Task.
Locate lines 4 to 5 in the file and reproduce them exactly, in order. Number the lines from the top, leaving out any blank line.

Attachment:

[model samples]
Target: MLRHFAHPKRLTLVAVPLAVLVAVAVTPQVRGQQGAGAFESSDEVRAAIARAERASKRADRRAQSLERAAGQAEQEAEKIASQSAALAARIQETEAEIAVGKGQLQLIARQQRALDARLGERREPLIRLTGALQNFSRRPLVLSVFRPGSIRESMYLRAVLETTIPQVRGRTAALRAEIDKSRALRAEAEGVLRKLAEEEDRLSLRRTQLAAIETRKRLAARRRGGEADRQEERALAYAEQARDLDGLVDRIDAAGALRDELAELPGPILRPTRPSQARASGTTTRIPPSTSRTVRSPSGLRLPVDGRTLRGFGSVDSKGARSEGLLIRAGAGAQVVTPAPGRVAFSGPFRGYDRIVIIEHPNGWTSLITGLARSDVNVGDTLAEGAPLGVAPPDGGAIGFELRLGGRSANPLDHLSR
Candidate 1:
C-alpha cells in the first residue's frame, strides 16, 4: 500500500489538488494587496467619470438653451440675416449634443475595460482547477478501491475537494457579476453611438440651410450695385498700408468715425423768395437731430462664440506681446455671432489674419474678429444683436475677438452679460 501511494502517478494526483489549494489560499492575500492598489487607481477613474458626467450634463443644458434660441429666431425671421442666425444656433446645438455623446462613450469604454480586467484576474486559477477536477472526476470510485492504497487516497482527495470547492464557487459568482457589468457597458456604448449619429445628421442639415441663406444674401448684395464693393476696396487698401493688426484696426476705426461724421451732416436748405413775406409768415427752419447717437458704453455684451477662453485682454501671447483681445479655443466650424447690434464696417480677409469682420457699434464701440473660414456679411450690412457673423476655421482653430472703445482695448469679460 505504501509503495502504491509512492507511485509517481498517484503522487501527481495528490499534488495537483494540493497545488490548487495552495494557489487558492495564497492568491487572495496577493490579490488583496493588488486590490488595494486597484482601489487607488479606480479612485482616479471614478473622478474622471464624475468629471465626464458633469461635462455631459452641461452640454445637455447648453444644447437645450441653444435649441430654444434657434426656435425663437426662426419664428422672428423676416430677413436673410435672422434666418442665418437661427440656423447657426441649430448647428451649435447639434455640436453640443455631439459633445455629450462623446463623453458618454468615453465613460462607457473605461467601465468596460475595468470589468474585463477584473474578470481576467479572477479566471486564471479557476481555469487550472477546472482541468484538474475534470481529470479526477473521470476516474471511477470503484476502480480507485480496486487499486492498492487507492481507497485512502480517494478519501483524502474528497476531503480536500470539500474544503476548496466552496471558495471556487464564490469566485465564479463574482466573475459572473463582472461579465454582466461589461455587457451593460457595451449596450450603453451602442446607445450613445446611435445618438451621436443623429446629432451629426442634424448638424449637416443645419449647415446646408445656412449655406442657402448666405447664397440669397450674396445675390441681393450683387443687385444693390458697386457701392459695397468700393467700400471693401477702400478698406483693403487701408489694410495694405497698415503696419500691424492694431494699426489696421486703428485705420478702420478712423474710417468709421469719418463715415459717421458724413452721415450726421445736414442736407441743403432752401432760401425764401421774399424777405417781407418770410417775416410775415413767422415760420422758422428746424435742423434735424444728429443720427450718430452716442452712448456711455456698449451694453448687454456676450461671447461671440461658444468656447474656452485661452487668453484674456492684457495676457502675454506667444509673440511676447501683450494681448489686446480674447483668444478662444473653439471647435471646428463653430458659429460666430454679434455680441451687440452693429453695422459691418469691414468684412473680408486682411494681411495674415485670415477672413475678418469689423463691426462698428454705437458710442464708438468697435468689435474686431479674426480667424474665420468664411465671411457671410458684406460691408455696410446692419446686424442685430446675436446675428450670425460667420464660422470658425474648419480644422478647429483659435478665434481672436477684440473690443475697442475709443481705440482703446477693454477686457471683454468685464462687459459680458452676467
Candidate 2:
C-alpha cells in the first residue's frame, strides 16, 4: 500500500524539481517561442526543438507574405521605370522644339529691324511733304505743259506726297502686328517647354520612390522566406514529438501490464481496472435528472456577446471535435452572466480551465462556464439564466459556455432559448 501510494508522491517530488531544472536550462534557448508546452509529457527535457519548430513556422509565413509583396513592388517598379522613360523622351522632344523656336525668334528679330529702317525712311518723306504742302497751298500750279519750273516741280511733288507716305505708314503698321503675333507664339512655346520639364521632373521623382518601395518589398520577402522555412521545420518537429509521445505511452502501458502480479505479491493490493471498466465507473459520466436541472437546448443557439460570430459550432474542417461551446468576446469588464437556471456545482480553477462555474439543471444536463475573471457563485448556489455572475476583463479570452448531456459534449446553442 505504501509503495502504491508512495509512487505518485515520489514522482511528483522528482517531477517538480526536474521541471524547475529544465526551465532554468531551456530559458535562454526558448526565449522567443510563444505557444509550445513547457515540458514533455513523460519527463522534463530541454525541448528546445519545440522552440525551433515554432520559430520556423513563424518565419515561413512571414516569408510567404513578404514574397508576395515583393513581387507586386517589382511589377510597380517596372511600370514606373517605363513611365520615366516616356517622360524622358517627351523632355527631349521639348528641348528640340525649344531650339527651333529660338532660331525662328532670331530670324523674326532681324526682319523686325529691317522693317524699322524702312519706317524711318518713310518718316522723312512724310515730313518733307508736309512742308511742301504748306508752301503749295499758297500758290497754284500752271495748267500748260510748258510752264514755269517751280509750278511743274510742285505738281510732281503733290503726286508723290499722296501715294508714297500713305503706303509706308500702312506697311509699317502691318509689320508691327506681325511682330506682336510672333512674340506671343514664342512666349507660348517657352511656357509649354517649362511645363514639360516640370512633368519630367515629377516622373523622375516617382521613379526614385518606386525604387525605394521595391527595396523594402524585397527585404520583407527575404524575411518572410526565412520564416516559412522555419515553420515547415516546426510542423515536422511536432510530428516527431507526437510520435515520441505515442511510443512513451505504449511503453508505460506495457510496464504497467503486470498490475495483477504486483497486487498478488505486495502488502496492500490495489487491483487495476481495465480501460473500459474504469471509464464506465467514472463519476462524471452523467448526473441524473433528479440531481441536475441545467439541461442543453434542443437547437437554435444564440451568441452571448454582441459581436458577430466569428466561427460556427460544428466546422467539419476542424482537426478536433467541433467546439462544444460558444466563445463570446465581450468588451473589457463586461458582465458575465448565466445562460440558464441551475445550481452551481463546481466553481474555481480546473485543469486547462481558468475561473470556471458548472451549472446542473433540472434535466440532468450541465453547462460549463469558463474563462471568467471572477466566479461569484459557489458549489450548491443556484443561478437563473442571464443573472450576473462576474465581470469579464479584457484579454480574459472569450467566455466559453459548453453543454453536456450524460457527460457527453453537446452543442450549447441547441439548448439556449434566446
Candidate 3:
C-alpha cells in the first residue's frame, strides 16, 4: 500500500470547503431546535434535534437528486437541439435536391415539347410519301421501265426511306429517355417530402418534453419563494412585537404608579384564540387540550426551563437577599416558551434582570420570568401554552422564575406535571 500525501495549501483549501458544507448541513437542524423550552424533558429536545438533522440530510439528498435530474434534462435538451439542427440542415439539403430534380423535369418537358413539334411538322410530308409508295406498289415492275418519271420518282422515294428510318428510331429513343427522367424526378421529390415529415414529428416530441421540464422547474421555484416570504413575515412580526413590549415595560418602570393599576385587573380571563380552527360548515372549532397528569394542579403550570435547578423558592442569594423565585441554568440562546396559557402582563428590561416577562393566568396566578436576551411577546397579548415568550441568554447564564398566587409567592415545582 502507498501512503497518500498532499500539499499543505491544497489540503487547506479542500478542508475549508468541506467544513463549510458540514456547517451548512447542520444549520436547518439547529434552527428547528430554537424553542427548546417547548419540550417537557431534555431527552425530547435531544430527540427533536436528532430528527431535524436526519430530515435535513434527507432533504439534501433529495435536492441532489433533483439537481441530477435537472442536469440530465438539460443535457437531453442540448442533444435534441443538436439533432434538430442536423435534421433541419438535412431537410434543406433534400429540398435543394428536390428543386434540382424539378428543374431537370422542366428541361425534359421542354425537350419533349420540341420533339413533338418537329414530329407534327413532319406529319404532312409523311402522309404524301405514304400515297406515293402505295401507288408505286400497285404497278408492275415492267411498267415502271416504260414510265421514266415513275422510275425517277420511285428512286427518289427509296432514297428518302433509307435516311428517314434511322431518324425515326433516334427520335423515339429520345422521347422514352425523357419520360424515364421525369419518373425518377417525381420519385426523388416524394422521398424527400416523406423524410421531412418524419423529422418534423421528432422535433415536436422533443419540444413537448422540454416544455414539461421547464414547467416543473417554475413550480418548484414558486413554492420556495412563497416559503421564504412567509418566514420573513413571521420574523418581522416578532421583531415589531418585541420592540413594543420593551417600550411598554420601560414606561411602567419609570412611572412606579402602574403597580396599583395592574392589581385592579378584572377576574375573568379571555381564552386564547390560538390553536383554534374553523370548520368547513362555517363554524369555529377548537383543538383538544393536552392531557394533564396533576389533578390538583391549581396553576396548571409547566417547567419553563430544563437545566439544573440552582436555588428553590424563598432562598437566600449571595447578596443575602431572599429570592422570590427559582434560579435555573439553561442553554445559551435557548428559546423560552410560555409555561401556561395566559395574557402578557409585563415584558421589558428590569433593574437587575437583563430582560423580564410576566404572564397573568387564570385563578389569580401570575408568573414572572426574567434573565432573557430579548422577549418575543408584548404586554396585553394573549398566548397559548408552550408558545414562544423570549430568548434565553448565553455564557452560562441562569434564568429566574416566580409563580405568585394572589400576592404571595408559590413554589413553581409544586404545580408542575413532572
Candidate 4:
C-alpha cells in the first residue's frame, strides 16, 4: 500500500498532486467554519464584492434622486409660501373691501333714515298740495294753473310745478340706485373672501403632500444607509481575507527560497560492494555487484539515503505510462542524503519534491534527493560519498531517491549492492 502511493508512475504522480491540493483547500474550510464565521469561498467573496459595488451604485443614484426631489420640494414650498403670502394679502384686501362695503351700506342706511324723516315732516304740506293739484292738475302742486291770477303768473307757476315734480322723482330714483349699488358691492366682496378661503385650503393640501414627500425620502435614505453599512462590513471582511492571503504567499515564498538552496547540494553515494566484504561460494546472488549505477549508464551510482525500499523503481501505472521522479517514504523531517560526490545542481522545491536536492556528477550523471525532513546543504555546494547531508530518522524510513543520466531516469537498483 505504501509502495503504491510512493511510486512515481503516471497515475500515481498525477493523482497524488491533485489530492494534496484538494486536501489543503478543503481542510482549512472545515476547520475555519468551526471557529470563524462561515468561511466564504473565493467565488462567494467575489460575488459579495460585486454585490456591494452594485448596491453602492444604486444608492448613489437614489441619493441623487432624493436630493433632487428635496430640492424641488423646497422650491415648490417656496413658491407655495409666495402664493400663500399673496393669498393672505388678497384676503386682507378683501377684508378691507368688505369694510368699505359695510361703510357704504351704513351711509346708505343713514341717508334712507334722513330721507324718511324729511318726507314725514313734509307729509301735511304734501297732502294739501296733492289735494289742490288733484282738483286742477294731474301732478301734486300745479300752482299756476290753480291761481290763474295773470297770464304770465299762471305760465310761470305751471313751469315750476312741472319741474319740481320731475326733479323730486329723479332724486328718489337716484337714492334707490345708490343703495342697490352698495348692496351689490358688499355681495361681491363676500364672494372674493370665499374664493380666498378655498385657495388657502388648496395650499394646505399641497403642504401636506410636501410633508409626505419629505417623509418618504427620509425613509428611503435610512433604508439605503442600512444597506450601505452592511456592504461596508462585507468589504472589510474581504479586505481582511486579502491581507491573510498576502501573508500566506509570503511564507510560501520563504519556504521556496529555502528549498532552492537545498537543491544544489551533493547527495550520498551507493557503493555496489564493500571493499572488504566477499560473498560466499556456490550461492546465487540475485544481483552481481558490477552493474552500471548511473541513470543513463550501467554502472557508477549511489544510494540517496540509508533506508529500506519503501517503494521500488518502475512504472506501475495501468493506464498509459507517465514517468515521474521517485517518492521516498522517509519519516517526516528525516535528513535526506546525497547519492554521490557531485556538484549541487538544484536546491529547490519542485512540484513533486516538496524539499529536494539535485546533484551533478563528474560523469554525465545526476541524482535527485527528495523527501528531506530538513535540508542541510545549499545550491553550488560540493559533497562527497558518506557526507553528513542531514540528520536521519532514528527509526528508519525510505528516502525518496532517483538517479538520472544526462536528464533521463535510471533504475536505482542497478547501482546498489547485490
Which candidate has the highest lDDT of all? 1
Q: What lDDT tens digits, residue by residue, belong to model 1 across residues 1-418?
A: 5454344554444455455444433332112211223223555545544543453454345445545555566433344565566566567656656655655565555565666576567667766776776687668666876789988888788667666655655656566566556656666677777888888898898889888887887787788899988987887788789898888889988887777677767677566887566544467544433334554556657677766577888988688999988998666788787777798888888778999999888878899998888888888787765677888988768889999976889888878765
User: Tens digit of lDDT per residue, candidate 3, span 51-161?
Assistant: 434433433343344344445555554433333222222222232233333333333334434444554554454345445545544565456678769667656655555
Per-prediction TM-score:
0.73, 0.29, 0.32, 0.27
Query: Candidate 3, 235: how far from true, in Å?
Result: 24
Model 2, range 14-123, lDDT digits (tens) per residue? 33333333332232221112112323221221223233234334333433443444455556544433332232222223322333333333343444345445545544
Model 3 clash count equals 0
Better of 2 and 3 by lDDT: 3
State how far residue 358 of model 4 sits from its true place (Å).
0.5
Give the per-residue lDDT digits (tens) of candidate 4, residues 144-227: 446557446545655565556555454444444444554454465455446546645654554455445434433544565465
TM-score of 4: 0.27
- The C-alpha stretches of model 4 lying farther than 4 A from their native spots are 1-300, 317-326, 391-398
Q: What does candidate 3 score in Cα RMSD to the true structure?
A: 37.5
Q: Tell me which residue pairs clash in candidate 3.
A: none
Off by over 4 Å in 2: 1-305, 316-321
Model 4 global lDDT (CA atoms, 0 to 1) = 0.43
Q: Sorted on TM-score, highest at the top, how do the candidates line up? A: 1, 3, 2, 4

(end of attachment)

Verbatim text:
C-alpha cells in the first residue's frame, strides 16, 4: 500500500489538488494587496467619470438653451440675416449634443475595460482547477478501491475537494457579476453611438440651410450695385498700408468715425423768395437731430462664440506681446455671432489674419474678429444683436475677438452679460 501511494502517478494526483489549494489560499492575500492598489487607481477613474458626467450634463443644458434660441429666431425671421442666425444656433446645438455623446462613450469604454480586467484576474486559477477536477472526476470510485492504497487516497482527495470547492464557487459568482457589468457597458456604448449619429445628421442639415441663406444674401448684395464693393476696396487698401493688426484696426476705426461724421451732416436748405413775406409768415427752419447717437458704453455684451477662453485682454501671447483681445479655443466650424447690434464696417480677409469682420457699434464701440473660414456679411450690412457673423476655421482653430472703445482695448469679460 505504501509503495502504491509512492507511485509517481498517484503522487501527481495528490499534488495537483494540493497545488490548487495552495494557489487558492495564497492568491487572495496577493490579490488583496493588488486590490488595494486597484482601489487607488479606480479612485482616479471614478473622478474622471464624475468629471465626464458633469461635462455631459452641461452640454445637455447648453444644447437645450441653444435649441430654444434657434426656435425663437426662426419664428422672428423676416430677413436673410435672422434666418442665418437661427440656423447657426441649430448647428451649435447639434455640436453640443455631439459633445455629450462623446463623453458618454468615453465613460462607457473605461467601465468596460475595468470589468474585463477584473474578470481576467479572477479566471486564471479557476481555469487550472477546472482541468484538474475534470481529470479526477473521470476516474471511477470503484476502480480507485480496486487499486492498492487507492481507497485512502480517494478519501483524502474528497476531503480536500470539500474544503476548496466552496471558495471556487464564490469566485465564479463574482466573475459572473463582472461579465454582466461589461455587457451593460457595451449596450450603453451602442446607445450613445446611435445618438451621436443623429446629432451629426442634424448638424449637416443645419449647415446646408445656412449655406442657402448666405447664397440669397450674396445675390441681393450683387443687385444693390458697386457701392459695397468700393467700400471693401477702400478698406483693403487701408489694410495694405497698415503696419500691424492694431494699426489696421486703428485705420478702420478712423474710417468709421469719418463715415459717421458724413452721415450726421445736414442736407441743403432752401432760401425764401421774399424777405417781407418770410417775416410775415413767422415760420422758422428746424435742423434735424444728429443720427450718430452716442452712448456711455456698449451694453448687454456676450461671447461671440461658444468656447474656452485661452487668453484674456492684457495676457502675454506667444509673440511676447501683450494681448489686446480674447483668444478662444473653439471647435471646428463653430458659429460666430454679434455680441451687440452693429453695422459691418469691414468684412473680408486682411494681411495674415485670415477672413475678418469689423463691426462698428454705437458710442464708438468697435468689435474686431479674426480667424474665420468664411465671411457671410458684406460691408455696410446692419446686424442685430446675436446675428450670425460667420464660422470658425474648419480644422478647429483659435478665434481672436477684440473690443475697442475709443481705440482703446477693454477686457471683454468685464462687459459680458452676467
Candidate 2: